In Lean Transformation or any organizational transformation, developing the capacity for personal wisdom and humility happens most reliably when we engage in a specific practice: contemplation. The popularly used words such as “reflecting” and “pondering” are inadequate to describe the complex set of individual internal activities which drive our external action.

The practice of contemplation means to consciously reflect about the past and make sense of the current, thereby enhancing the awareness of possible improvements and innovations. Sense-making is the conscious act of understanding our internal responses and outward behaviors within the context of our environment. The environment includes the ongoing and ever-changing activities and relationships with individuals and groups. It involves understanding the patterns within the ever changing environmental context.

Transforming our organization requires personal transformation. It is not sufficient to ask others to change. It requires a deeper exploration and understanding of how we personally lead and are perceived by others. Successful contemplative practice requires us to be open and willing to recognize our own fallibility, which is often at odds with the all-knowing persona that brought us our career success. Being open to acknowledging and accepting our weaknesses with the intent for personal change requires a measure of vulnerability. This type of vulnerability is a sign of courage, not weakness. Courage is demonstrating a willingness to truly listen to other points of view, to our inner voice and acting on our personal purpose and organizational vision.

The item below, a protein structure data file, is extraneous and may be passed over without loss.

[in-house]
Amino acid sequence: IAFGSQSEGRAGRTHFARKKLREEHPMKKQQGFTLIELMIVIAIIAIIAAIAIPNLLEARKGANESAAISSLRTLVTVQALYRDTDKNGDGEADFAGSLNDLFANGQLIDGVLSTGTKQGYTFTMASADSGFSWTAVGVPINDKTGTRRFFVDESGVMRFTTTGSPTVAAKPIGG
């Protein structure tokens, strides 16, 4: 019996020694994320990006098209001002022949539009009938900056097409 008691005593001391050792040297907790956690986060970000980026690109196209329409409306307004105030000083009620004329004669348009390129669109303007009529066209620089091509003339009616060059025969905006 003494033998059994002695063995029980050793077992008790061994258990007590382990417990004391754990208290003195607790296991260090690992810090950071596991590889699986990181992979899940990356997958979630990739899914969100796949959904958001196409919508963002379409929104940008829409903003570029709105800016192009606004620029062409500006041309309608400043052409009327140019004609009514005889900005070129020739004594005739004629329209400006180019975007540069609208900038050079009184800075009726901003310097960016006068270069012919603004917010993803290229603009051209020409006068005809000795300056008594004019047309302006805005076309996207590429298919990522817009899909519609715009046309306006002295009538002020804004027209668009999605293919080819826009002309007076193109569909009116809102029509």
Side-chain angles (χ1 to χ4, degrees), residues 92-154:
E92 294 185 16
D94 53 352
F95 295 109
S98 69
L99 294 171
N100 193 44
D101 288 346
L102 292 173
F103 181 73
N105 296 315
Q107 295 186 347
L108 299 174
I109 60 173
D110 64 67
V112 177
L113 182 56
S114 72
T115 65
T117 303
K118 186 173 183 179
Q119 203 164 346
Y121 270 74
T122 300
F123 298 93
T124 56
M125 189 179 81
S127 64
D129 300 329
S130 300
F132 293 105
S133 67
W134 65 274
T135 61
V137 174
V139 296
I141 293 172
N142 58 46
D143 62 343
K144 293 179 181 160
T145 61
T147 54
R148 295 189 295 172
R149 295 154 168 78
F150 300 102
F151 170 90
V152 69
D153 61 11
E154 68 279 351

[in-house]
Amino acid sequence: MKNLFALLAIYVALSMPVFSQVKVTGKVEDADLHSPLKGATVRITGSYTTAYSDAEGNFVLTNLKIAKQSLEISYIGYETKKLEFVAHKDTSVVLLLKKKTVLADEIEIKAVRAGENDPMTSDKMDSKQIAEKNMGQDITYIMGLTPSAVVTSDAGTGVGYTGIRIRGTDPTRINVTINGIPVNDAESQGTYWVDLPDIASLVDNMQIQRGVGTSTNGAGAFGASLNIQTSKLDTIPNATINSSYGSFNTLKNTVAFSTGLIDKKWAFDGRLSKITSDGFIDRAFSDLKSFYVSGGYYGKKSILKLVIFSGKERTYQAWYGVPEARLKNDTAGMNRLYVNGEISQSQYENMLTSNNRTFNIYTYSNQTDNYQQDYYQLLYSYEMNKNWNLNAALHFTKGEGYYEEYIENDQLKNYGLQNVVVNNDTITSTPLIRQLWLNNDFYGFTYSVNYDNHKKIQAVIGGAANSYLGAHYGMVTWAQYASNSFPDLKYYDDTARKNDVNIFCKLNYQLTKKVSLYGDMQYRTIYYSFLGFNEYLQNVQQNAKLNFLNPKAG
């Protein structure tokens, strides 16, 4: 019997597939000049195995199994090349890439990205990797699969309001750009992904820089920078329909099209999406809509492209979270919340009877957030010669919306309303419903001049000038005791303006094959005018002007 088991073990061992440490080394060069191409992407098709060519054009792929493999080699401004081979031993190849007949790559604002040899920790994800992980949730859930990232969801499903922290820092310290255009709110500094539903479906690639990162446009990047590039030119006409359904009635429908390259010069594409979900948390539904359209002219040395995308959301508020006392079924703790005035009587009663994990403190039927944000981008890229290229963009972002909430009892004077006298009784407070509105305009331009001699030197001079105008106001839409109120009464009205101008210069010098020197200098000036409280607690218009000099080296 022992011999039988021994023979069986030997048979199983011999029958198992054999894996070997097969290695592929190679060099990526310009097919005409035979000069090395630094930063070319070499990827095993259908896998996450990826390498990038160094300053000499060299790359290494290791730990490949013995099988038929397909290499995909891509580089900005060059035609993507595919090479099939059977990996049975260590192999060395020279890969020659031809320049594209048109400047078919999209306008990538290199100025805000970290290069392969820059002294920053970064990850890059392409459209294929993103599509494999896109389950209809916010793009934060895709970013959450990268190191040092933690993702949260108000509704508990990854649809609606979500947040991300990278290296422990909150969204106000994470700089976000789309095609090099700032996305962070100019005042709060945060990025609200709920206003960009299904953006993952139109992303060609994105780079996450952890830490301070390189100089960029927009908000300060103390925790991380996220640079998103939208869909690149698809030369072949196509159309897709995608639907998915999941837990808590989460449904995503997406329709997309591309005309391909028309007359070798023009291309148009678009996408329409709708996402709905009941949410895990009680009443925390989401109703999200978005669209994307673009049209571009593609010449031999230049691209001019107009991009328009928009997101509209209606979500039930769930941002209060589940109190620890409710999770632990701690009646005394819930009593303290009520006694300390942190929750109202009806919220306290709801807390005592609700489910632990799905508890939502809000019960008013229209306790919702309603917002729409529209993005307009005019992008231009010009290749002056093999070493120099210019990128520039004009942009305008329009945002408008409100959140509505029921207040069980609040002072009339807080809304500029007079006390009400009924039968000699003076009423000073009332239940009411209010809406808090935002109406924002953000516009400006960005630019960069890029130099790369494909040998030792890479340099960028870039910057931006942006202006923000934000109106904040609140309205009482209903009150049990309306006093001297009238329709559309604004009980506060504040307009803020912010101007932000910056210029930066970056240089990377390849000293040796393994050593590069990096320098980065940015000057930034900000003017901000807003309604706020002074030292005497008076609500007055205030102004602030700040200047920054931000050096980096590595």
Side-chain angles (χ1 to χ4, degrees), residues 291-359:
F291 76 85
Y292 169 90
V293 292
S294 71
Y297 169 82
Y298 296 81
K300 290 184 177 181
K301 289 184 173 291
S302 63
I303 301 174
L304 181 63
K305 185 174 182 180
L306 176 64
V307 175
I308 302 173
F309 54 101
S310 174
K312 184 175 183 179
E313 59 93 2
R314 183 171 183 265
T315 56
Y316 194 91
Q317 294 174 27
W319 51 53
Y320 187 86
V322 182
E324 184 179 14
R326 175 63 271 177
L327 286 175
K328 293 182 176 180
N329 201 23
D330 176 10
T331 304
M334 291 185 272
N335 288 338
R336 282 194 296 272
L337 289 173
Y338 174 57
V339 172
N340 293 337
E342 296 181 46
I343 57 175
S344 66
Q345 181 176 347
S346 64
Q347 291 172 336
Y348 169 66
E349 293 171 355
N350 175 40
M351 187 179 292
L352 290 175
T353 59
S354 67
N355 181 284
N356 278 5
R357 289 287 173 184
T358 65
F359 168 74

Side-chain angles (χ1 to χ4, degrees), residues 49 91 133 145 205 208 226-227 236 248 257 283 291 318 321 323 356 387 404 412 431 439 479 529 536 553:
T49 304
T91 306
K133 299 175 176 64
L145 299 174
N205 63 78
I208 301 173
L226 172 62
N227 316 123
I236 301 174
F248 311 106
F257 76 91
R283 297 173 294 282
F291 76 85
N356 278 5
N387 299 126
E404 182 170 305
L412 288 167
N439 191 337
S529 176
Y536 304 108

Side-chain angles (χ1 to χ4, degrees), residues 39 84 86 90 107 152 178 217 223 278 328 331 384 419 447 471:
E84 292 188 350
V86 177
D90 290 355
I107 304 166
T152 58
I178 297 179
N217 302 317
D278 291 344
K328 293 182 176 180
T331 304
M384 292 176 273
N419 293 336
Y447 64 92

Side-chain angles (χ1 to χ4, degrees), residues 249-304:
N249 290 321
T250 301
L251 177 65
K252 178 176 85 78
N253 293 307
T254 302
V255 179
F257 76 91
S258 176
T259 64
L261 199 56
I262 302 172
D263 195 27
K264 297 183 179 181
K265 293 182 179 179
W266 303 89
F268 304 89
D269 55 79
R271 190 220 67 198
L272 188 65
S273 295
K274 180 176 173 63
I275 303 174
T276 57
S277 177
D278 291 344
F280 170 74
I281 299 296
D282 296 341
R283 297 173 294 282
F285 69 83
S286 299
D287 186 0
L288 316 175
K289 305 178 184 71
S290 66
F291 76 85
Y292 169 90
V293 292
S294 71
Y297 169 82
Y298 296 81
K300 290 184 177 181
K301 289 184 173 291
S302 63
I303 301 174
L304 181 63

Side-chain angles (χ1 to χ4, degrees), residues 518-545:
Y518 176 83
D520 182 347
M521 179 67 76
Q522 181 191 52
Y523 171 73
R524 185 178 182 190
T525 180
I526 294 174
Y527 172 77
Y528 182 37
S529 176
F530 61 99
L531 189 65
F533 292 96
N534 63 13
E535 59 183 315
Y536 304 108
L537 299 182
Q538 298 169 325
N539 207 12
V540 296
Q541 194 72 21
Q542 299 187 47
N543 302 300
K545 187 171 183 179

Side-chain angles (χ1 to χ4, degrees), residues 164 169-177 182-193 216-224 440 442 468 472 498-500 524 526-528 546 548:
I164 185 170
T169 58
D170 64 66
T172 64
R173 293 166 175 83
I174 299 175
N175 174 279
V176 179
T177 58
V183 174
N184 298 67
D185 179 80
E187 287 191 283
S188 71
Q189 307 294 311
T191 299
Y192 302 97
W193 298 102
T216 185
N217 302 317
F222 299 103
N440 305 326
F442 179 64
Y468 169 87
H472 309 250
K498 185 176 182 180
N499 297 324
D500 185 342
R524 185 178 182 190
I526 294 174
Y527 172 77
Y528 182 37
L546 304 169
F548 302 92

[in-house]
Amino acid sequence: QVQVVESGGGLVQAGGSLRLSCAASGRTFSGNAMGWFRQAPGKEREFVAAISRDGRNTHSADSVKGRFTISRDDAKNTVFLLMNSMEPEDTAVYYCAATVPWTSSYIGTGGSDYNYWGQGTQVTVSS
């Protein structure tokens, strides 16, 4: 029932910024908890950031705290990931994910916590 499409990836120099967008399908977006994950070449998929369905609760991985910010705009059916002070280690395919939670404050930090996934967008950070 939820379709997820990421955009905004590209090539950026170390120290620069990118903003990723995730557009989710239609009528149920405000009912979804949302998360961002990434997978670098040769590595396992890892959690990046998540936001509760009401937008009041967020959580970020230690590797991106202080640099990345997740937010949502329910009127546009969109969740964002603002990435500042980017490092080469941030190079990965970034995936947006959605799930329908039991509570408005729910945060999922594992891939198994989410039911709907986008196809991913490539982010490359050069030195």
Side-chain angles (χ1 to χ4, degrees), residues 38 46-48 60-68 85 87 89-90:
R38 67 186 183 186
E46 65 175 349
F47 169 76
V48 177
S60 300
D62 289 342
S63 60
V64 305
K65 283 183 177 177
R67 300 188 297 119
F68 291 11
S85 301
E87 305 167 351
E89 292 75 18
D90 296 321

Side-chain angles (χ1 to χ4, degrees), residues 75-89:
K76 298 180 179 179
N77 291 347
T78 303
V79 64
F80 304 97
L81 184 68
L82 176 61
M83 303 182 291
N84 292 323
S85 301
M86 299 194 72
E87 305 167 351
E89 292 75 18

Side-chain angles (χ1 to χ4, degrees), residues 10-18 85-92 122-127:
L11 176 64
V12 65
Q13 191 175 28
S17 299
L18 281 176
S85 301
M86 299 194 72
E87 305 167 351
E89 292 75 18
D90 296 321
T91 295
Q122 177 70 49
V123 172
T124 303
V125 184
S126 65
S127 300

Contemplation can occur in quiet solitude or in the midst of others. It is quieting the inner chatter that distracts us from truly listening to our inner voice and the voices of those around us.

“Humble inquiry is the willingness to learn by asking questions of yourself and of others.” Edgar Schein



The linchpin to contemplative practice is the willingness and openness to ask ourselves the hard questions.

The following questions are offered to provoke or reinforce your contemplative practice. Think about a recent leadership situation that did not achieve the desired results.

  • What is it you truly wanted in this situation?
  • What story are you telling about this situation?
  • What was your role in this story? Name your behaviors.
  • What new insights do you have?
  • What have you learned and how can you lead differently the next time?

Read more from Bill about the practice of humble inquiry: Lessons in Humble Inquiry for Healthcare Leaders.

Today’s blog was written by Bill Kirkwood, Senior Consulting Director at HPP.

Bill brings more than 30 years of leadership experience in the healthcare industry. Prior to joining Vizient, Bill worked in both system and individual hospital settings in the Midwest and Northeast United States, leading transformational change management initiatives. This experience includes leading service line re-design initiatives [e.g. perinatal services, case management and care model design] as well as serving in an executive capacity in quality, operations and human resources. Bill’s areas of expertise and professional skills include facilitating change management strategies. He has worked with leadership teams in developing and implementing Lean Management Systems and Organizational Design efforts. He serves as Adjunct Faculty in the University of Cincinnati’s Masters in Health Administration in addition to being a certified Executive Coach.  He has presented at several national conferences including Institute for Healthcare Improvement, the Organizational Development Network and American Society for Quality as well as being inducted into the Union Institute and University’s Circle of Scholars for his dissertation “The Current State of the Patient Care Nurse’s Vocational Calling”. Bill holds a Master’s degree in Health Administration from Xavier University and a Doctorate in Organizational Behavior from the Union Institute and University in Cincinnati, Ohio.

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